A Notary Public is a person designated by the Provincial Government or the pertinent regulatory body who is in charge of administering oaths, authenticating legal documents, contracts, and copies, and taking affidavits and declarations on legal matters. In Canada, with the exception of British Columbia and Quebec, it is not necessary for Notaries Public to be Lawyers, as any person that has completed the necessary training may be appointed. They are limited to the aforementioned tasks and are not generally allowed to practice law.
In British Columbia, Notaries Public are Lawyers appointed by the Supreme Court of British Columbia and the position is held for life. As such, they possess the qualifications and preparations necessary to practice law and offer legal advice as well as writing and preparing legal documentation. Notaries from Quebec are also Lawyers, but they work in the civil law system, meaning that all laws exist in a codex that can be referred to when necessary. Quebec Notaries may represent their clients out of court, serve as Mediators, and provide testimony on behalf of one party before a court of law. The term Notary Public is rarely used in Quebec; instead, they have Commissioners of Oaths (Commissaires à l'assermentation) in charge of authenticating legal documents.
Here’s a non-exhaustive list of common tasks Notaries Public are required to complete.
- Preparing wills, mortgages, and other legal documents.
- Administering oaths and taking declarations to be used in legal matters:
- Explaining the legal processes and procedures to be followed depending on their requests; and
- legalizing and authenticating affidavits, testimonies, and other legal declarations.
- Witnessing and certifying or authenticating the validity of signatures on documents as an impartial observer in order to prevent fraud and theft within public or private matters:
- Authenticating all notarized documents by signing them and using an embossed seal or stamp that verifies their presence at the signing of a particular document;
- making sure they thoroughly assess each client before actually putting their seal of approval on the corresponding documents;
- verifying the document and identity of each signer by checking identification documents, such as birth certificates, social security cards, passports, driver’s licences and other IDs;
- ensuring that no coercion to sign was exercised in either of the parties involved in a legal contract or document;
- reporting any issues (e.g. potential frauds) as soon as they arise; and
- being present when cases require provincial approvals (e.g. lawsuits and property matters).
- Certifying any legal document as a true copy of the original.
- Keeping records of notarized documents and ensuring that they are in correct order for public reference.
- Maintaining the necessary stock of legal stamps, seals, and materials:
- Keeping their stamps, seals, and other materials safely locked.
- Staying up-to-date with the latest changes involving the legislation and regulatory bodies.
- Performing wedding ceremonies where allowed.
- Witnessing and authenticating the signatures on any legal document.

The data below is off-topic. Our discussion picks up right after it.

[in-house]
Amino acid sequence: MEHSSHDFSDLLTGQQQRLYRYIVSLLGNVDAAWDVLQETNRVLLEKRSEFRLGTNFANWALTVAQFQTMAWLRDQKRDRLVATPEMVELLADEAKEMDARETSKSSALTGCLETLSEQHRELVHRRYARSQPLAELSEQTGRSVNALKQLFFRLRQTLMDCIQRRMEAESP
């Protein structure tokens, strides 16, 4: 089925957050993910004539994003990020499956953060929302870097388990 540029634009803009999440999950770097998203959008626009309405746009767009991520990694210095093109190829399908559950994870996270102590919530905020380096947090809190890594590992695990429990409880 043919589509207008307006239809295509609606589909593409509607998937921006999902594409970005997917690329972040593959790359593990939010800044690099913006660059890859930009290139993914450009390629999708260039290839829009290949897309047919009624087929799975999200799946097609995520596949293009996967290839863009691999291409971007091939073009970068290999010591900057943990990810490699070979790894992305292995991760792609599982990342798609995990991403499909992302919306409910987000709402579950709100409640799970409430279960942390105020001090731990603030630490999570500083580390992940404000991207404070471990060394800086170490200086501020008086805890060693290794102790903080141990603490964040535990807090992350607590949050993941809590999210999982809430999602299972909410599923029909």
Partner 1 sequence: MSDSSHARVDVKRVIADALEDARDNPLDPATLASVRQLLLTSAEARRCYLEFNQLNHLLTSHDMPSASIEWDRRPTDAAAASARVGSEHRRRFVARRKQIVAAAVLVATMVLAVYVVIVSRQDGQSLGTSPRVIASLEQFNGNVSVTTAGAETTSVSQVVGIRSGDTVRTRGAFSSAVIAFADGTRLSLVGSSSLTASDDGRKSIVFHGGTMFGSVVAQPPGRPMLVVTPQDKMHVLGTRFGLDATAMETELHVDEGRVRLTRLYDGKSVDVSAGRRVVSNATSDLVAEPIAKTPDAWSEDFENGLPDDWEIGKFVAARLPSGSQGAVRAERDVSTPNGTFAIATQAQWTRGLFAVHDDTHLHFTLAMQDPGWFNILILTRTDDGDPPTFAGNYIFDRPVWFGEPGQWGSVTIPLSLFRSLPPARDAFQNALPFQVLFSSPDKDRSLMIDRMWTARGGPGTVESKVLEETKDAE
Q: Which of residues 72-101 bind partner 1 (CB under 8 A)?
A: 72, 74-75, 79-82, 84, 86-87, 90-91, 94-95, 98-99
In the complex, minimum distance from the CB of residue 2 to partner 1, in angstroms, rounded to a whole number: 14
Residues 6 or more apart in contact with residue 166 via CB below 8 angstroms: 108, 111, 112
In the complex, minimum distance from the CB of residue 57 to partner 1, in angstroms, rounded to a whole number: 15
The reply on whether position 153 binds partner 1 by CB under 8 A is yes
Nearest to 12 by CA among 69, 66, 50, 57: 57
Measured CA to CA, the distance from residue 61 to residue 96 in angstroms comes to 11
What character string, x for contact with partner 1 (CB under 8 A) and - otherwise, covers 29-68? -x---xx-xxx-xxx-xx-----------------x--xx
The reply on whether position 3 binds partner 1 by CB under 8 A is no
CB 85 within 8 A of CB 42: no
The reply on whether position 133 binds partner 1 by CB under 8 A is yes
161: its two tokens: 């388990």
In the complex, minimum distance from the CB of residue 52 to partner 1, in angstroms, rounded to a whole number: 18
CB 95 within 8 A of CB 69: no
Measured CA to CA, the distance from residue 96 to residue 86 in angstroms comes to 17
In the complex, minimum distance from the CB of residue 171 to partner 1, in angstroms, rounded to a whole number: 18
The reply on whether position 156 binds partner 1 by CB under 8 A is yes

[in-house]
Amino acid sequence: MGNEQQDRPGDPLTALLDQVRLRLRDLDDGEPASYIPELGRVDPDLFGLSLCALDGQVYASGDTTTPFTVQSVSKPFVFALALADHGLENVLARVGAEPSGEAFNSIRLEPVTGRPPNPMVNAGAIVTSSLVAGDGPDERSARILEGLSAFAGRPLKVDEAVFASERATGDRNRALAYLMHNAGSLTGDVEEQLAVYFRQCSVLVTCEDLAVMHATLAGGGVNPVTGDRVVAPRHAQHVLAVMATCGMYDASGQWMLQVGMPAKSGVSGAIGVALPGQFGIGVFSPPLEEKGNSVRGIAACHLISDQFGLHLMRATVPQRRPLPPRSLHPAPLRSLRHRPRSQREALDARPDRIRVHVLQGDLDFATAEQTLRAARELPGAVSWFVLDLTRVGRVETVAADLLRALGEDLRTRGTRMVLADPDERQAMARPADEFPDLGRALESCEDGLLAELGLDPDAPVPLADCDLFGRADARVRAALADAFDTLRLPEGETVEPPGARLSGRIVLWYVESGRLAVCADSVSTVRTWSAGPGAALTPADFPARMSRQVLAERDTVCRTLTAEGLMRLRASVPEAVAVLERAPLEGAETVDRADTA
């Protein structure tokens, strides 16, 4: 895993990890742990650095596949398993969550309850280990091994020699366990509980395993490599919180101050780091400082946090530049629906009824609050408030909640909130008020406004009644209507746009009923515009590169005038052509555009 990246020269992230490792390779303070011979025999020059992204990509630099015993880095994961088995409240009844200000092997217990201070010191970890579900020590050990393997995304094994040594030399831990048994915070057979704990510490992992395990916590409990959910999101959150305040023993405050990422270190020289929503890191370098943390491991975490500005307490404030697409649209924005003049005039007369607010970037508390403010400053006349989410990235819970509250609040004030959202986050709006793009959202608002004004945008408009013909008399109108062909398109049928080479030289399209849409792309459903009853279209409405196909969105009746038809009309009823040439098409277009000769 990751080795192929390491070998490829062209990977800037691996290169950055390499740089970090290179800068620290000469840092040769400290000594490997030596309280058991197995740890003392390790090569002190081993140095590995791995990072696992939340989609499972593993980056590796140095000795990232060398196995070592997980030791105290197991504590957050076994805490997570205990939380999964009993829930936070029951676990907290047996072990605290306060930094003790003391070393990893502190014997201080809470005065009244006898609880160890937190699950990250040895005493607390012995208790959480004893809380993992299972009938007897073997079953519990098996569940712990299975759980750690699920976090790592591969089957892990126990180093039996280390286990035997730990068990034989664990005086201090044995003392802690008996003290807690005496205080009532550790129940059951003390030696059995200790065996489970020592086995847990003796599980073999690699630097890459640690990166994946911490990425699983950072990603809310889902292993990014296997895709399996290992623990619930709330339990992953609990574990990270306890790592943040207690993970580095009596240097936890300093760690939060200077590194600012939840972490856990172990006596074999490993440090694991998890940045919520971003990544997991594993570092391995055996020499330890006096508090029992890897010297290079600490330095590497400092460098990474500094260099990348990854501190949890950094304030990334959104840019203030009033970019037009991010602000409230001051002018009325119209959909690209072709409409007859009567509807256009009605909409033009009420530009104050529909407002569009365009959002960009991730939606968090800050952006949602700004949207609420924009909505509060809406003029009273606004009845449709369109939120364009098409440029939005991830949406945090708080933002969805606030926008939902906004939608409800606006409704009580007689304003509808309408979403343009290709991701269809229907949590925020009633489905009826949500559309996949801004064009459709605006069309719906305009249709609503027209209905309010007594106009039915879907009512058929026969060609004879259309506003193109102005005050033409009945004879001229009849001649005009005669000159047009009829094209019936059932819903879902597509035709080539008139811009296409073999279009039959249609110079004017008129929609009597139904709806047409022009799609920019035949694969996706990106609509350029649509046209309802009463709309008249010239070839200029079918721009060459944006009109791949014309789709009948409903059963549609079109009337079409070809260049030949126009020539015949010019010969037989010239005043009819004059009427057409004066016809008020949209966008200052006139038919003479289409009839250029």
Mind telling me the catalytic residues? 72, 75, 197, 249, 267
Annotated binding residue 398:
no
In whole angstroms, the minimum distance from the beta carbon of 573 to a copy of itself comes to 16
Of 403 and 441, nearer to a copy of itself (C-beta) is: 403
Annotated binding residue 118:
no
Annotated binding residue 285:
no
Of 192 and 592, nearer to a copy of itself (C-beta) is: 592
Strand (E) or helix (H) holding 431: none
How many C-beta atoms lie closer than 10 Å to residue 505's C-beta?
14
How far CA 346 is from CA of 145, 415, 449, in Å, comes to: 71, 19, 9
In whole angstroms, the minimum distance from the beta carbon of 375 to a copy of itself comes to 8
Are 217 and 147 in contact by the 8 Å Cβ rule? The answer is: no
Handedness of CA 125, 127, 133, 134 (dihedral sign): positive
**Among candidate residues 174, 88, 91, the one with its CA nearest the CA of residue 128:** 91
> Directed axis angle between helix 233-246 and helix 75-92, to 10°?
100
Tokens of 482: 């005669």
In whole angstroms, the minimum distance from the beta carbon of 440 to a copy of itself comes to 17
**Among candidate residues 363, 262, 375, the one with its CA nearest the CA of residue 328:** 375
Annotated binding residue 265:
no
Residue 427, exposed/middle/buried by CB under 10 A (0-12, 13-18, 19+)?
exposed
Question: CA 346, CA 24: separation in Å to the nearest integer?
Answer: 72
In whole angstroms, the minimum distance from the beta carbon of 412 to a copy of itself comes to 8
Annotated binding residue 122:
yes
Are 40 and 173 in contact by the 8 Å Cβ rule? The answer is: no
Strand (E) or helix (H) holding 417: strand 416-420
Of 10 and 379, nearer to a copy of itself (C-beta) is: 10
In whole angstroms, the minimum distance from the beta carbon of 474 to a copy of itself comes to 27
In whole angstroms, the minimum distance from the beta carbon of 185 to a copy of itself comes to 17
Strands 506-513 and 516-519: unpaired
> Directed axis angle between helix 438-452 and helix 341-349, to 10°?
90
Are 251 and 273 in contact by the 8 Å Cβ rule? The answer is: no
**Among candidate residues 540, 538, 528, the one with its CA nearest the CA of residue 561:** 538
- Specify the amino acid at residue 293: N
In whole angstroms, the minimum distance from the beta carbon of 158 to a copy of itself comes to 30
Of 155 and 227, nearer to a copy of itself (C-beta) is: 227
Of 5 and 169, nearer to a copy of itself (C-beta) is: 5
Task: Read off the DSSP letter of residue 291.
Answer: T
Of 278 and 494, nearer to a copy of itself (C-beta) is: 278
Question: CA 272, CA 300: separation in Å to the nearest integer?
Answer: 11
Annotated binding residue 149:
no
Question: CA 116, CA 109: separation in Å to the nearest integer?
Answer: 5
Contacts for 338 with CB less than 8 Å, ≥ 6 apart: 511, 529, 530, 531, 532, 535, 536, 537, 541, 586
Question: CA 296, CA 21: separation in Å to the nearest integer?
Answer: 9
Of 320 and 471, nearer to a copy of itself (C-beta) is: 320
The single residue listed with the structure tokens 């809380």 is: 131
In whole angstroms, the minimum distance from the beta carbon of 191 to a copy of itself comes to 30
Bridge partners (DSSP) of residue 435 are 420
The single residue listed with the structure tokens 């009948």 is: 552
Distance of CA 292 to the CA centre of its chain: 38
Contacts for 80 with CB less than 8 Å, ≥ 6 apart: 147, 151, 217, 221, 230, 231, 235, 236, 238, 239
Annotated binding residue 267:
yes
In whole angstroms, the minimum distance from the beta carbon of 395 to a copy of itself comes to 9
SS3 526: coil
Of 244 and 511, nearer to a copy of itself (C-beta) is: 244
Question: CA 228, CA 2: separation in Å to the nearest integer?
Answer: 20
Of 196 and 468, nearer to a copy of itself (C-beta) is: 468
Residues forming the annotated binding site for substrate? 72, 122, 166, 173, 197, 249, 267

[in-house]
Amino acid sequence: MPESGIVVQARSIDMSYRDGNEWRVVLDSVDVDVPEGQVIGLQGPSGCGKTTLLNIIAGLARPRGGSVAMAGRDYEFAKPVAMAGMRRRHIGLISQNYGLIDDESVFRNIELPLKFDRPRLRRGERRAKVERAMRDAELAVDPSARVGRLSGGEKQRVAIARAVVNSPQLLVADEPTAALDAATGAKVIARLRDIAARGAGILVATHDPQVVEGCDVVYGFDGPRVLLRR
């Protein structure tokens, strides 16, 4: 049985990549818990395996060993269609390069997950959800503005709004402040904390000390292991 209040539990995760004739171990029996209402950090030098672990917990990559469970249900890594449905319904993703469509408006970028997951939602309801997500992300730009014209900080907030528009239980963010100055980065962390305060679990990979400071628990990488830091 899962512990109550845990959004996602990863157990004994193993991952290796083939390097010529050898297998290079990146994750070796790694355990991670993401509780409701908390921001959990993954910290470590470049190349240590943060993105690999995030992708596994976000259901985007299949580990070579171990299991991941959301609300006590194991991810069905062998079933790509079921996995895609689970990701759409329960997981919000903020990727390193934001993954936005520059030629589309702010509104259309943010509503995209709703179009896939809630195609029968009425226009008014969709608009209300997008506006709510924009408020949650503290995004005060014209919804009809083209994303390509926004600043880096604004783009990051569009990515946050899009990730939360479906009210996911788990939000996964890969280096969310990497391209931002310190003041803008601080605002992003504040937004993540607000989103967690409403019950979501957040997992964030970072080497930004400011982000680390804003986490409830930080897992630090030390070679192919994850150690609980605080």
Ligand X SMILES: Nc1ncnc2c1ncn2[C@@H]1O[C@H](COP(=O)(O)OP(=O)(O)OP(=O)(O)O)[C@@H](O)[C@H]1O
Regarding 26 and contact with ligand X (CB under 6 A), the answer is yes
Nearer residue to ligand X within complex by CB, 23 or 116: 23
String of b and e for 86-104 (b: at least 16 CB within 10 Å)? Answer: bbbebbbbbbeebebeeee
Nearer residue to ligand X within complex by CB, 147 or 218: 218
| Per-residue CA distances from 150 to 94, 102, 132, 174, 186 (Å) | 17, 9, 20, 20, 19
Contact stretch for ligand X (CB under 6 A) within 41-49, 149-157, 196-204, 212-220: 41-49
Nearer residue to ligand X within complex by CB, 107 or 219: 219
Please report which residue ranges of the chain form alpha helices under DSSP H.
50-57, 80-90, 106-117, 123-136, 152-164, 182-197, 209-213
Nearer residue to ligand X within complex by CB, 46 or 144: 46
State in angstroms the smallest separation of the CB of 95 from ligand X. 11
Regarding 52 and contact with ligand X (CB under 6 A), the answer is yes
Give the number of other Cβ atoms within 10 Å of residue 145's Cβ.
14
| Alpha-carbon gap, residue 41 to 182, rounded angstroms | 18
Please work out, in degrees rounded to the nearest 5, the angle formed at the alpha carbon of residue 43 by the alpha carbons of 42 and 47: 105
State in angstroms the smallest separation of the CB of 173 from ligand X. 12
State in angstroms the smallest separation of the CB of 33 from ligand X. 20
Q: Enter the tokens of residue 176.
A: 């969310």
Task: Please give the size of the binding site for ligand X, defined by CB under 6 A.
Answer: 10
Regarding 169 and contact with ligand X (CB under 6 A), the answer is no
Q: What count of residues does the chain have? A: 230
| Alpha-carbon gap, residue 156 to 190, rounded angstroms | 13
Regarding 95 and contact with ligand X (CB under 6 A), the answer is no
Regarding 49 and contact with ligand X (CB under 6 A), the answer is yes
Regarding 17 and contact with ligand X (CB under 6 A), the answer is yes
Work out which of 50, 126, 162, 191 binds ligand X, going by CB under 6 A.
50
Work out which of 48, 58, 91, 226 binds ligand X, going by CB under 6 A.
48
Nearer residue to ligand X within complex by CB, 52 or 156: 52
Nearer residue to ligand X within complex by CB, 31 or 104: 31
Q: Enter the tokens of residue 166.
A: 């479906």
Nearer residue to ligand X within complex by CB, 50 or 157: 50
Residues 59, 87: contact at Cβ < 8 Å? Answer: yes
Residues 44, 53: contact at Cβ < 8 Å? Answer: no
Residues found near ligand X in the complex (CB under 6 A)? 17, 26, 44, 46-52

- Signing and stamping legal documents once their authenticity is verified.
- Administering oaths and taking affidavits.
- Ensuring that all personal information of the involved parties is correct.
- Maintaining a record of all activities performed.
The average salary for Notary Public related jobs is $37,050 per year or $19 per hour. This is around 1.1 times more than the Median wage of the country. Entry level positions start at $26,000 while most experienced workers make up to $52,000. These results are based on 1 salary extracted from job descriptions.
- Excellent communication skills:
- Being able to communicate clearly with others, both verbally and in writing;
- being precise and specific when drafting legal documents (e.g. wills and mortgages); and
- having excellent interviewing skills.
- Outstanding analytical skills:
- Possessing good analytic and people skills in order to identify potential fraud or identity theft;
- thoroughly analyzing every document in order to prevent fraud; and
- report any suspicious activities or issues that may arise with a legal document or during a signing.
- Good computer skills:
- Writing legal documents using word processors and other computerized applications.
- High levels of integrity, morality, honesty, and responsibility:
- Handling sensitive or confidential information.
Apart from British Columbia and Quebec, Notaries Public in Canada are required to possess a college or university degree in areas such as Business, Administration, Finance, or Law. In British Columbia and Quebec, all applicants are required to be fully licensed Lawyers in order to apply for the position. The process can vary greatly from one province to another. In most cases, each jurisdiction has a set number of Notaries Public. Some of these positions may be held for life, whereas others are appointed for a specific amount of time with the possibility of renewal, depending on regulations.
Most provinces will require candidates to submit the necessary forms to be appointed as Notaries Public. There are no established years of previous experience before candidates are able to apply for a position. Once their submission has been accepted, applicants must go through a traineeship program which may last one (1) to two (2) years depending on the province. A final examination is often part of the program. Once appointed, they may act as Notaries Public only within their respective province or territory.
Being a Notary Public can become very stressful due to all the moral and legal responsibilities they have to abide to and the fact that any mistake in determining the validity of a document or a client can potentially lead to legal repercussions.